Guest Author: Marcus Carter
Nineteen year old Marcus Carter, bullied severely throughout his early school years, is a strong anti-bullying advocate dedicated to decreasing teen suicide and depression rates in the United States. He personally knows many teens who have tried to take their own lives and believes it is not ok for someone to hate themselves so much that they feel this is the only way. Marcus aims to help as many people as possible through raising awareness that bullying is a serious issue happening daily in our schools and communities. Marcus is an active supporter of American SPCC and their mission to give kids a voice not only during Child Abuse Prevention month, but all year long. He encourages everyone in America to stand up and do what’s right for children. He believes if we all come together, we can make a big change!
Here, he shares with us his 6 Creative Ways You Can Contribute during National Child Abuse Prevention Month
National Child Abuse Prevention Month-6 Creative Ways You Can Contribute
It’s April, a time for growth and new beginnings. It’s also the month dedicated to Child Abuse Prevention, a time to raise awareness and explore ways that we can work together to help end the epidemic of child abuse in America.
Have you thought of any ways to make a change in your community? In your household? With peers or with family members? Spring is a great time to implement positive changes in the world around you. If you’re wondering how you can contribute, check out these creative ideas. Remember that any small positive change can make a big impact in a child’s life so get your friends, family, neighbors and co-workers involved. Change happens when we all take action!
Ways to Contribute
- If you have children, show support and be there for them!
This is a simple and effective way to make a positive change. It is very easy to be upset at your child for not doing well at school, misbehaving at home or even talking back to you without understanding why they may be acting this way. Maybe they feel some sort of detachment from you or maybe they have problems going on at school? Maybe they are dealing with some big emotions and need your support and guidance? There are many possible things that could be going on in their lives that you may need to be aware of. The best way to know is to talk to your children. Tell them that you love them and care for them. Instead of asking how school was, ask them what positive and negative things happened at school each day. It is much more effective and will create a deeper bond between parent and child. If your child did something out of character, think about why your child may have acted this way. Try to see things from their point of view and offer them any help or support that they may need.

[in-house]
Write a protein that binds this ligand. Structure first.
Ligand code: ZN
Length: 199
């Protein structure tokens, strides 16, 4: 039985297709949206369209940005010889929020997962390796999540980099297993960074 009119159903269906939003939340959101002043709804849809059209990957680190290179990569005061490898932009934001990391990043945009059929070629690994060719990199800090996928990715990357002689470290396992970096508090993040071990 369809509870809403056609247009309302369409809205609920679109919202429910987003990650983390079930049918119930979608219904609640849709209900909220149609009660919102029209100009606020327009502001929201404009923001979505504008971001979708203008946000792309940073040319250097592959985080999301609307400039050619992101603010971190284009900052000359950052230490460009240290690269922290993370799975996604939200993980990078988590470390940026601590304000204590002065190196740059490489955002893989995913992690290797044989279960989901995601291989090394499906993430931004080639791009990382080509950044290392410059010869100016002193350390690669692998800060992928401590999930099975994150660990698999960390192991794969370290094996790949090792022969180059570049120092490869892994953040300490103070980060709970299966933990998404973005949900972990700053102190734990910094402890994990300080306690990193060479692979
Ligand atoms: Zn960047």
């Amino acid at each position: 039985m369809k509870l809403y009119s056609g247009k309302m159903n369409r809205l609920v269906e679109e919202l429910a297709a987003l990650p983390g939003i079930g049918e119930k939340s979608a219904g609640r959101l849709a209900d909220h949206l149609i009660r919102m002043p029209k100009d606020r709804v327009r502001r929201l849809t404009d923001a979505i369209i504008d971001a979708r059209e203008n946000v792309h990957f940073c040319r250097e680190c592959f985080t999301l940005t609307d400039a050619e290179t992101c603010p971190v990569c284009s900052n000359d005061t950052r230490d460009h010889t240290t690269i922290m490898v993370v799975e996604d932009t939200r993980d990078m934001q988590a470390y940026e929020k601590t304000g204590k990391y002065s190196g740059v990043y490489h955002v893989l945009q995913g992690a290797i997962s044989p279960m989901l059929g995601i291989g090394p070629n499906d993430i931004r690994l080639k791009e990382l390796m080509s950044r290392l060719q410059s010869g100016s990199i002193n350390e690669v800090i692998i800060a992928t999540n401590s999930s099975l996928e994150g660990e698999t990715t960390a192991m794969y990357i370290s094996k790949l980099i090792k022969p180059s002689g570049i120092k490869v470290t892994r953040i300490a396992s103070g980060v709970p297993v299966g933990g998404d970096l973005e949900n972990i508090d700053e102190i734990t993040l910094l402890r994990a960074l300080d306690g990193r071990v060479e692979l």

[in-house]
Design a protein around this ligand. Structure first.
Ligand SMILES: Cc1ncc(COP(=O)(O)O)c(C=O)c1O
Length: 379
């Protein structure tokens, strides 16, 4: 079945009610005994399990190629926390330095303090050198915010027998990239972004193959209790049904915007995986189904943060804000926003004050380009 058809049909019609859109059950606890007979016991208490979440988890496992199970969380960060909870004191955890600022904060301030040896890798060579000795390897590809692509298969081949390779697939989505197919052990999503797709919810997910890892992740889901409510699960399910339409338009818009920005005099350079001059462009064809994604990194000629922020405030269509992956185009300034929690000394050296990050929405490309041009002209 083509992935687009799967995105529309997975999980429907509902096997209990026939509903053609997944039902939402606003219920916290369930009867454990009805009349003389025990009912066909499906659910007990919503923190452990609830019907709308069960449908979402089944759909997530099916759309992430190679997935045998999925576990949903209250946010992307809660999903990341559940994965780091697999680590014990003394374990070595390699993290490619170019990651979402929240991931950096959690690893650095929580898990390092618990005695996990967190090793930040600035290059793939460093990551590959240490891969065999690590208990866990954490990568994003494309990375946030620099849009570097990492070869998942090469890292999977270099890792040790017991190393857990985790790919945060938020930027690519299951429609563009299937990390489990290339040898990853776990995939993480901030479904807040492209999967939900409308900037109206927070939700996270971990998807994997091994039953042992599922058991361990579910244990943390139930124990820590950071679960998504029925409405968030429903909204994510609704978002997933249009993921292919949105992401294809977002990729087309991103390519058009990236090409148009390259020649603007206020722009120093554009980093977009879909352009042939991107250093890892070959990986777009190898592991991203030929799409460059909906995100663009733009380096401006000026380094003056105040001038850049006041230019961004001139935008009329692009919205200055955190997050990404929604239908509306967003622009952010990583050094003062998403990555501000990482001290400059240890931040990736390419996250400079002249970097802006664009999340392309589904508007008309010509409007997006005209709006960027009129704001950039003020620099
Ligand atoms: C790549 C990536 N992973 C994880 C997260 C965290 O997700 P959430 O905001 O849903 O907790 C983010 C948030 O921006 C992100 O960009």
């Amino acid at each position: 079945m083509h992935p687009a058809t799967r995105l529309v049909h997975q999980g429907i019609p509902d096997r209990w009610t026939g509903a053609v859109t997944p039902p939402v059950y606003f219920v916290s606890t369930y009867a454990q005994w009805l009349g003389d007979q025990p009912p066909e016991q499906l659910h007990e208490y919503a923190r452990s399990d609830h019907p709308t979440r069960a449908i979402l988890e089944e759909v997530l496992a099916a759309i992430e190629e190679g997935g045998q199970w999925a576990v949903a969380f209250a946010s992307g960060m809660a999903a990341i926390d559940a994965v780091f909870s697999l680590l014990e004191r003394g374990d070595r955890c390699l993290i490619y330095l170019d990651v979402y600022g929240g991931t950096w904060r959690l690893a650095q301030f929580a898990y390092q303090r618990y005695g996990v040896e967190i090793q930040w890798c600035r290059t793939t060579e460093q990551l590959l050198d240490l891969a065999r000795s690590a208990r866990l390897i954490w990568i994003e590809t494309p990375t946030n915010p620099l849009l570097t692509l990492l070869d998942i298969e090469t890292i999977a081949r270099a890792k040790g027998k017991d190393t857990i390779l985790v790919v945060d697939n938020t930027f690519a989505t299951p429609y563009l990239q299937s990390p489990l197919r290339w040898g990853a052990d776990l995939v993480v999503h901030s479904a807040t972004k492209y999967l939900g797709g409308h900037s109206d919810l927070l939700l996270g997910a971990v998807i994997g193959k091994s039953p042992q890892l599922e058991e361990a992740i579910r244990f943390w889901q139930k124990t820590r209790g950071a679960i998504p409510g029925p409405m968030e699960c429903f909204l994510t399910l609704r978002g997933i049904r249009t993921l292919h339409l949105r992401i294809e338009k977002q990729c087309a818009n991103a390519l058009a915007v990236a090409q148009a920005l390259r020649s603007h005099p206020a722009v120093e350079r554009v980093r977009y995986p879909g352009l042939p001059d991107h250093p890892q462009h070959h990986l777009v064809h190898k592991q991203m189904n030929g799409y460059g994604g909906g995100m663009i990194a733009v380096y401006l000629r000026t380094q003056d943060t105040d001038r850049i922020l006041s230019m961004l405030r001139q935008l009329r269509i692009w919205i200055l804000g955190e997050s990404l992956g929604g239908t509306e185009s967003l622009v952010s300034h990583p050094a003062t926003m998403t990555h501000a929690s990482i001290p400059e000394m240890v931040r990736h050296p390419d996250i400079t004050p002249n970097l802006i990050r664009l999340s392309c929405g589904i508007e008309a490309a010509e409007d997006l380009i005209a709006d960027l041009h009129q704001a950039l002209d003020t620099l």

- Raise awareness about child abuse on social media
Sharing a few posts about statistics, facts, and other information on social media can keep a lot of people informed about an issue that they may be unfamiliar about. Visit the Child Abuse /child-abuse-topics/ section of our website for useful information and resources, and share it with people you believe may need to be informed. If the information is for yourself to gain extra knowledge, great! Learning what child abuse is, how to recognize the signs and how to report it, could save a child’s life!
- Spread the word through your community
Talk to your friends, family members, neighbors, teachers, fellow parents and others about child abuse and how to prevent it. By educating and encouraging others to speak out, you can come together to help fight child abuse in your community. It’s so important that we stand up and SPREAD THE WORD!